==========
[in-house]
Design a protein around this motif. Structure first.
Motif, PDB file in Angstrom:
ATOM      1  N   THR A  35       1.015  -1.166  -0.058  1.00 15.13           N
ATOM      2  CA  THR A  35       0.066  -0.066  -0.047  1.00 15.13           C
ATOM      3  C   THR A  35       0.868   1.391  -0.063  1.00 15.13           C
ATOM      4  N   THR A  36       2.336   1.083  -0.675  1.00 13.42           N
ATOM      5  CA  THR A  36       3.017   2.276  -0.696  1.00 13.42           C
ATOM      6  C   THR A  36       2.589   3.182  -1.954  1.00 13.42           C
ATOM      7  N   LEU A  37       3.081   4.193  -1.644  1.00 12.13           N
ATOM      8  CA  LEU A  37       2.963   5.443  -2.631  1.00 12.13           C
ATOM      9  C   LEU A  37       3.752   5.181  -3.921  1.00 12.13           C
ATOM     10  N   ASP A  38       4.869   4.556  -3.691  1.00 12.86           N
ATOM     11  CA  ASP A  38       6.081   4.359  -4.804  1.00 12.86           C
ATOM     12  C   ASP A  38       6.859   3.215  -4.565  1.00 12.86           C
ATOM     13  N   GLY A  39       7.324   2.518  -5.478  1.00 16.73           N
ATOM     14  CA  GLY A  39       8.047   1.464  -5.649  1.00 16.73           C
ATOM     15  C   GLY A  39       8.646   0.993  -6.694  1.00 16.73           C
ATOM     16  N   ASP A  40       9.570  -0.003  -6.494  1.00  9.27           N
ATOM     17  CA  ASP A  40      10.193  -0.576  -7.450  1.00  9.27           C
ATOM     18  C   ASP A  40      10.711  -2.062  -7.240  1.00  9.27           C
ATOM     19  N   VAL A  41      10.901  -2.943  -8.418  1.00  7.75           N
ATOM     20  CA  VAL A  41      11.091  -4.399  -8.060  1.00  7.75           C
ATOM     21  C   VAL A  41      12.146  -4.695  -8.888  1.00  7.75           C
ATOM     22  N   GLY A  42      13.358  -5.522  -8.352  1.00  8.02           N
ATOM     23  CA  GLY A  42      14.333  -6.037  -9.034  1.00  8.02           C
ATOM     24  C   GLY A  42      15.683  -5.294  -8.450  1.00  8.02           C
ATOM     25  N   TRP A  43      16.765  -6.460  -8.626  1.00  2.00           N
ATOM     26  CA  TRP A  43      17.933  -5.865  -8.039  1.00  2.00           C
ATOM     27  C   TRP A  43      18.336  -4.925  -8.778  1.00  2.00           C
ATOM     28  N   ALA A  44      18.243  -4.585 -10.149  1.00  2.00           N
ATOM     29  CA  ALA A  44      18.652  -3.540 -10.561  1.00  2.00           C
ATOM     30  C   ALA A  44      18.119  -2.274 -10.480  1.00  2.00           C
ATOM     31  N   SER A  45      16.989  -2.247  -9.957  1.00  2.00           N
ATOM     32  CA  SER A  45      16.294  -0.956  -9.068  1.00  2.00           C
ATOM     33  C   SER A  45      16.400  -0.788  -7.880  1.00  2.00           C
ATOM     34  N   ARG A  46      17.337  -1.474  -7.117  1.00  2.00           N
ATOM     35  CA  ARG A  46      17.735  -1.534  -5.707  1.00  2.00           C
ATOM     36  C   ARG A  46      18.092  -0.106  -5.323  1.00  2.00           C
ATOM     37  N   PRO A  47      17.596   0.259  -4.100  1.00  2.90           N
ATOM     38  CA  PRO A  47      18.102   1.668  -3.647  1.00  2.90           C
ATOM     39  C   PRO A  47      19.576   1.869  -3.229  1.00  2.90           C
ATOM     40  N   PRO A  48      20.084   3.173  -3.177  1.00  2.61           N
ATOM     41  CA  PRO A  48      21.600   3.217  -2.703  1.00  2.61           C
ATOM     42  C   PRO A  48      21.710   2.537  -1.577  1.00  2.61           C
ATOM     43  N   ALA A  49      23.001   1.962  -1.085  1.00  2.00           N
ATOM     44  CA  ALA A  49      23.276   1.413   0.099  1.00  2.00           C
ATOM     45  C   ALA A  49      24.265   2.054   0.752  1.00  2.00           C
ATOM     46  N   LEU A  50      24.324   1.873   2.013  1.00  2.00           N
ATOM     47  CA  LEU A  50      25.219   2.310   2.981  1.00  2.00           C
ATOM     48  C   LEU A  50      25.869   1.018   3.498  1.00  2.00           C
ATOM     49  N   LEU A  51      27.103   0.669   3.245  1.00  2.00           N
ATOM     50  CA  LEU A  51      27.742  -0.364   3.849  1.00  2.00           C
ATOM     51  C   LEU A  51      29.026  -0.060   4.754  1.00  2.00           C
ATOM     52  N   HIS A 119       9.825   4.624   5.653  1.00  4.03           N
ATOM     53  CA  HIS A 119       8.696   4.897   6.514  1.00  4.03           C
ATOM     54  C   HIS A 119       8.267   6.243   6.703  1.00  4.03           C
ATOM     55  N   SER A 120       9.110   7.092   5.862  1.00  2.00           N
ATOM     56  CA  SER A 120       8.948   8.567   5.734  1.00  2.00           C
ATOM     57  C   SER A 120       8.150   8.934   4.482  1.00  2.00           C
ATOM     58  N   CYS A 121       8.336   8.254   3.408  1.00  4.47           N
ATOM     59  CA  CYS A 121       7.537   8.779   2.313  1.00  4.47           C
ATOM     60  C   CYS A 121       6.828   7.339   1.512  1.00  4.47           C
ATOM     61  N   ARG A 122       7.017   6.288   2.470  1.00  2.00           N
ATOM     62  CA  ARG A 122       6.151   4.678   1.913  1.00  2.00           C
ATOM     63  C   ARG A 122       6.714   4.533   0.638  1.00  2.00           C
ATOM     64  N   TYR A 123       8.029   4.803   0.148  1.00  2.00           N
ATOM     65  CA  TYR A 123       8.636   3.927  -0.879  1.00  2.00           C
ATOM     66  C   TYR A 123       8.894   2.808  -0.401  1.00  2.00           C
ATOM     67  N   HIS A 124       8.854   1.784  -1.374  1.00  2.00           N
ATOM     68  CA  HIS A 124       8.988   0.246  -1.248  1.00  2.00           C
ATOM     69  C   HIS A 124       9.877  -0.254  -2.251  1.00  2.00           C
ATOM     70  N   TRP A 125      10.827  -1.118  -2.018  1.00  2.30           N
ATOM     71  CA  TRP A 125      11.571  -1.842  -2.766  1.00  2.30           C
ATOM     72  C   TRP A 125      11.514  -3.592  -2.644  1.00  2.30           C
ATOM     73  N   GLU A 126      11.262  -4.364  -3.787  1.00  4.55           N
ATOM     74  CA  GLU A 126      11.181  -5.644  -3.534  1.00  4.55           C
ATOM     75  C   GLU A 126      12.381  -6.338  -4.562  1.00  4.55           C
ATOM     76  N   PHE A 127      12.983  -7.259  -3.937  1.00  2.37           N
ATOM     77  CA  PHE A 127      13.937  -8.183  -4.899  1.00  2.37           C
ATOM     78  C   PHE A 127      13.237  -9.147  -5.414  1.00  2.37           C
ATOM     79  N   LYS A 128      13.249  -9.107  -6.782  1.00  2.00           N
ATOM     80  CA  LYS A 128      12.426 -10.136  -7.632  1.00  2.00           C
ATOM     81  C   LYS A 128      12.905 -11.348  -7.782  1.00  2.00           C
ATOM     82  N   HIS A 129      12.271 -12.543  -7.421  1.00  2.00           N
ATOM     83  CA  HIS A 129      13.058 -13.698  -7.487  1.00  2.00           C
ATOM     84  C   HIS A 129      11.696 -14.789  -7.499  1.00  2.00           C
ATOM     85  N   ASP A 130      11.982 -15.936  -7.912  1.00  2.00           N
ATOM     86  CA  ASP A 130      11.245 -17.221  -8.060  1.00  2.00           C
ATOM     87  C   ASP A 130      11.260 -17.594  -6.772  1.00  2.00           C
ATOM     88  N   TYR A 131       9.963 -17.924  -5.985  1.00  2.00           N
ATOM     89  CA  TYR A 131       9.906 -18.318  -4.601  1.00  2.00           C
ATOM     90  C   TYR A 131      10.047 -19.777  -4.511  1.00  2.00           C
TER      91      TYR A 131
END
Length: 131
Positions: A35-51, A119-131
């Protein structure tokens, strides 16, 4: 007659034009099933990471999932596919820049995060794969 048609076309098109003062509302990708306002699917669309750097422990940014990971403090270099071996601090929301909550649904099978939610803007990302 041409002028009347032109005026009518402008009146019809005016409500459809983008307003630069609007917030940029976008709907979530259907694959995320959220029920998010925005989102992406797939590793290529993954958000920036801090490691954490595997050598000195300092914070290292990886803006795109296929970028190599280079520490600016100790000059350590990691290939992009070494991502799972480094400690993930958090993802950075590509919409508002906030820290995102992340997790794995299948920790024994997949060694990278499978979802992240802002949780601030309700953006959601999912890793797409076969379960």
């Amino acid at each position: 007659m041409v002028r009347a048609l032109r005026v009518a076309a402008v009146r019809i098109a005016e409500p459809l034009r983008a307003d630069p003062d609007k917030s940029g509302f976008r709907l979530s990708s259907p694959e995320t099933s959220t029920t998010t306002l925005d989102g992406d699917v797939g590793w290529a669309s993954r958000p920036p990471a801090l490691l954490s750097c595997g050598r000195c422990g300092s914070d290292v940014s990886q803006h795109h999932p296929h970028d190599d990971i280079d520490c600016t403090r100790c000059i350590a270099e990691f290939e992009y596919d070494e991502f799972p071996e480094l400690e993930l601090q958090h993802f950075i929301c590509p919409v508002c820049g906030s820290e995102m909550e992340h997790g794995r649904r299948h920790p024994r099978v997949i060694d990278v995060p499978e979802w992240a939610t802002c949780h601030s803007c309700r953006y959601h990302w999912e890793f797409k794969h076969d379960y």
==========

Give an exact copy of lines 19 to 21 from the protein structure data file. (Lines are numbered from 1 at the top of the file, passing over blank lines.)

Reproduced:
ATOM     16  N   ASP A  40       9.570  -0.003  -6.494  1.00  9.27           N
ATOM     17  CA  ASP A  40      10.193  -0.576  -7.450  1.00  9.27           C
ATOM     18  C   ASP A  40      10.711  -2.062  -7.240  1.00  9.27           C